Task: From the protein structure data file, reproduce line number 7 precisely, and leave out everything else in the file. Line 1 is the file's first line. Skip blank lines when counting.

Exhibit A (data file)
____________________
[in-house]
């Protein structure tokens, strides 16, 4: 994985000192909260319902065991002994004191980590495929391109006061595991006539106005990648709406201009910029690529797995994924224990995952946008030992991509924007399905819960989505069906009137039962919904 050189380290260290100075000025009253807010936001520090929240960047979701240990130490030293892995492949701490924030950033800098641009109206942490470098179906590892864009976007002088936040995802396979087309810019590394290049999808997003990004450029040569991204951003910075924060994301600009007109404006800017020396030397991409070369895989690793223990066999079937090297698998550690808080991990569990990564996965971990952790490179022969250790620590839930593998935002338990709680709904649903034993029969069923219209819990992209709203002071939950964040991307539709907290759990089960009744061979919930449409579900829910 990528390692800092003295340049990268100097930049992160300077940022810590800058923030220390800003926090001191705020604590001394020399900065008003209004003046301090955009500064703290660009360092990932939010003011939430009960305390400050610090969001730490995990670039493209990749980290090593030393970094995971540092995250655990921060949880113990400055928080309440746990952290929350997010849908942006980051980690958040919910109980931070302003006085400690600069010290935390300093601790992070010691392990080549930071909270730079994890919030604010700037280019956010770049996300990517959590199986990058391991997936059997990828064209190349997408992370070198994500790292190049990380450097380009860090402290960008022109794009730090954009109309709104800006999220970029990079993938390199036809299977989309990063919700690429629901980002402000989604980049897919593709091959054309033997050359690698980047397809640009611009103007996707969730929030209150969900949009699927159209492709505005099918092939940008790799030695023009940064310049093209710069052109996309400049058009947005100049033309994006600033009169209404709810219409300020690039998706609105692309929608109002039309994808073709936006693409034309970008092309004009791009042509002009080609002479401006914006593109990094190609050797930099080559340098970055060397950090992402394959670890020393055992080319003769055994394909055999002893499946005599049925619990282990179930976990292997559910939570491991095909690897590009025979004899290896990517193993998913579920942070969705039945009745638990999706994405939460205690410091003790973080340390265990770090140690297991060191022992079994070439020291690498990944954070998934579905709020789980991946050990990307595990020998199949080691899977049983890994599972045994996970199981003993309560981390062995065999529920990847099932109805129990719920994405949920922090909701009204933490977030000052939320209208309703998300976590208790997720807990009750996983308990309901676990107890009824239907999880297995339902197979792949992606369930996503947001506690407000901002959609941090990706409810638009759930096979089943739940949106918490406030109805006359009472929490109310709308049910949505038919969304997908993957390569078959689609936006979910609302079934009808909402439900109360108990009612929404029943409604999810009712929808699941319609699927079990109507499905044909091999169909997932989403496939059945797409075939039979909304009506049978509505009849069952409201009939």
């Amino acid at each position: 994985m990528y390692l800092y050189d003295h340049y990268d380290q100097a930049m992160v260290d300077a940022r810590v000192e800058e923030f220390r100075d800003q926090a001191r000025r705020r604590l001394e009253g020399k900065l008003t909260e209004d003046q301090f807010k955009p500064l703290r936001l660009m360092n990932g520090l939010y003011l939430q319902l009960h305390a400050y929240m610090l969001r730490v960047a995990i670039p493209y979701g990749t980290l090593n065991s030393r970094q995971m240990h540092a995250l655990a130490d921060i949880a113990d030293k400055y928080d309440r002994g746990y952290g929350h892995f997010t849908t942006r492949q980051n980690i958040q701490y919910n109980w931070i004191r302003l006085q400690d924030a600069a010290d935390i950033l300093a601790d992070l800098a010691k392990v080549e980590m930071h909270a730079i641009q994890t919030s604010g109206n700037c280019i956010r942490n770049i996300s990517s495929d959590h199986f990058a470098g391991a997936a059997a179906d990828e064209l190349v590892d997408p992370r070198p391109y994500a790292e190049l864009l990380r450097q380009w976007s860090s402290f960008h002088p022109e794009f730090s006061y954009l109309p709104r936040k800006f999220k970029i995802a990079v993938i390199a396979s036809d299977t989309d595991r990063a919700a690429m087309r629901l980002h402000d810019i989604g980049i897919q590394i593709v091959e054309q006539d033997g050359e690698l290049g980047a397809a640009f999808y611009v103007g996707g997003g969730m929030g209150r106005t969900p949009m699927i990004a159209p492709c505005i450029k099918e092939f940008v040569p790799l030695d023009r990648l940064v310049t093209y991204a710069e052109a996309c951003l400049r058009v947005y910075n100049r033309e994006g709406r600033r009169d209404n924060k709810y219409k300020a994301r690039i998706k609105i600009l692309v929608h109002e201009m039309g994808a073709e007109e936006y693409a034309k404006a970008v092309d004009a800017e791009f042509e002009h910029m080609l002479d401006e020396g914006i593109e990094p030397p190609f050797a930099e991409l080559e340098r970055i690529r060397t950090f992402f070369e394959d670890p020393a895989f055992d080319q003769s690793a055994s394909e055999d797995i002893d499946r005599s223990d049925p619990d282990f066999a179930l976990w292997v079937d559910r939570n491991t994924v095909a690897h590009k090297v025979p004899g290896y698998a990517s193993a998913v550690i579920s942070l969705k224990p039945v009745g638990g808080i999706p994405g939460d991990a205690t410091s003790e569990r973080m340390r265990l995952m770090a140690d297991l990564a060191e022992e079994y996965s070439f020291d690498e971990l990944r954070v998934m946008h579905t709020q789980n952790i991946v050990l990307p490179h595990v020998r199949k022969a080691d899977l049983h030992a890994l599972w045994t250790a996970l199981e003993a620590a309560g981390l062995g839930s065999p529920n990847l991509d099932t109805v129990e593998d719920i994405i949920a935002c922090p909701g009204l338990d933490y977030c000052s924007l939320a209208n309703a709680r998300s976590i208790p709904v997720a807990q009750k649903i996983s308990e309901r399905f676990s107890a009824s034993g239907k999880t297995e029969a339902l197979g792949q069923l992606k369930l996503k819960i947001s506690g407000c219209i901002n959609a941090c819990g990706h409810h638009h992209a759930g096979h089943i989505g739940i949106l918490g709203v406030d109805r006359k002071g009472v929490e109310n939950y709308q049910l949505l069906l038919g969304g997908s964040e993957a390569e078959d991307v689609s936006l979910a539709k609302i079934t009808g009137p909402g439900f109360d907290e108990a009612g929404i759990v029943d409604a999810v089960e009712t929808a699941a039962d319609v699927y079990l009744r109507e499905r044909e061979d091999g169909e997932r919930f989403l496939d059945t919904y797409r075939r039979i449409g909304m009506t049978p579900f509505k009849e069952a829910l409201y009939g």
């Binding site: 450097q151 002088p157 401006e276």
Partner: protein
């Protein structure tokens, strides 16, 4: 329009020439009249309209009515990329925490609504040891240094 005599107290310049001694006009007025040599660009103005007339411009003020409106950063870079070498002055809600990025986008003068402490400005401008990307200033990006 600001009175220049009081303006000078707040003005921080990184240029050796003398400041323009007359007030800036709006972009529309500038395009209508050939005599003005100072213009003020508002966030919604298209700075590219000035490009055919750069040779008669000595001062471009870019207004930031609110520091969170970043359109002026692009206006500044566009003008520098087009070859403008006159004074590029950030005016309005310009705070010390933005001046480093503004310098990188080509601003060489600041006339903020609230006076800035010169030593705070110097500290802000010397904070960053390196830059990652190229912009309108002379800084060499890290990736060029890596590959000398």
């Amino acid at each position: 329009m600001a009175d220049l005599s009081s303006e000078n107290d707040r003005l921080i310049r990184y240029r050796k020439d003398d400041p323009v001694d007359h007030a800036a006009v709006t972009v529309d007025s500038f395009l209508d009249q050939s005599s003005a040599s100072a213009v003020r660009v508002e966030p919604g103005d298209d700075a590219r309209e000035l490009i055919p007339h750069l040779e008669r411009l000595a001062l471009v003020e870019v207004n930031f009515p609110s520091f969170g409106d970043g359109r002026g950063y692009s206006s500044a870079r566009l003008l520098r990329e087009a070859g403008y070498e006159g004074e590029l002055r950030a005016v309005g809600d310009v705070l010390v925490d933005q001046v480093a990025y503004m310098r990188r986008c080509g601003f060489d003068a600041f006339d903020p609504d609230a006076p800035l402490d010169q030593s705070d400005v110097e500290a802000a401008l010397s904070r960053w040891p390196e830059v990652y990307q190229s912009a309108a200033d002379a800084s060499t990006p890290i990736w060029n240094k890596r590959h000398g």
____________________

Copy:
């Amino acid at each position: 329009m600001a009175d220049l005599s009081s303006e000078n107290d707040r003005l921080i310049r990184y240029r050796k020439d003398d400041p323009v001694d007359h007030a800036a006009v709006t972009v529309d007025s500038f395009l209508d009249q050939s005599s003005a040599s100072a213009v003020r660009v508002e966030p919604g103005d298209d700075a590219r309209e000035l490009i055919p007339h750069l040779e008669r411009l000595a001062l471009v003020e870019v207004n930031f009515p609110s520091f969170g409106d970043g359109r002026g950063y692009s206006s500044a870079r566009l003008l520098r990329e087009a070859g403008y070498e006159g004074e590029l002055r950030a005016v309005g809600d310009v705070l010390v925490d933005q001046v480093a990025y503004m310098r990188r986008c080509g601003f060489d003068a600041f006339d903020p609504d609230a006076p800035l402490d010169q030593s705070d400005v110097e500290a802000a401008l010397s904070r960053w040891p390196e830059v990652y990307q190229s912009a309108a200033d002379a800084s060499t990006p890290i990736w060029n240094k890596r590959h000398g």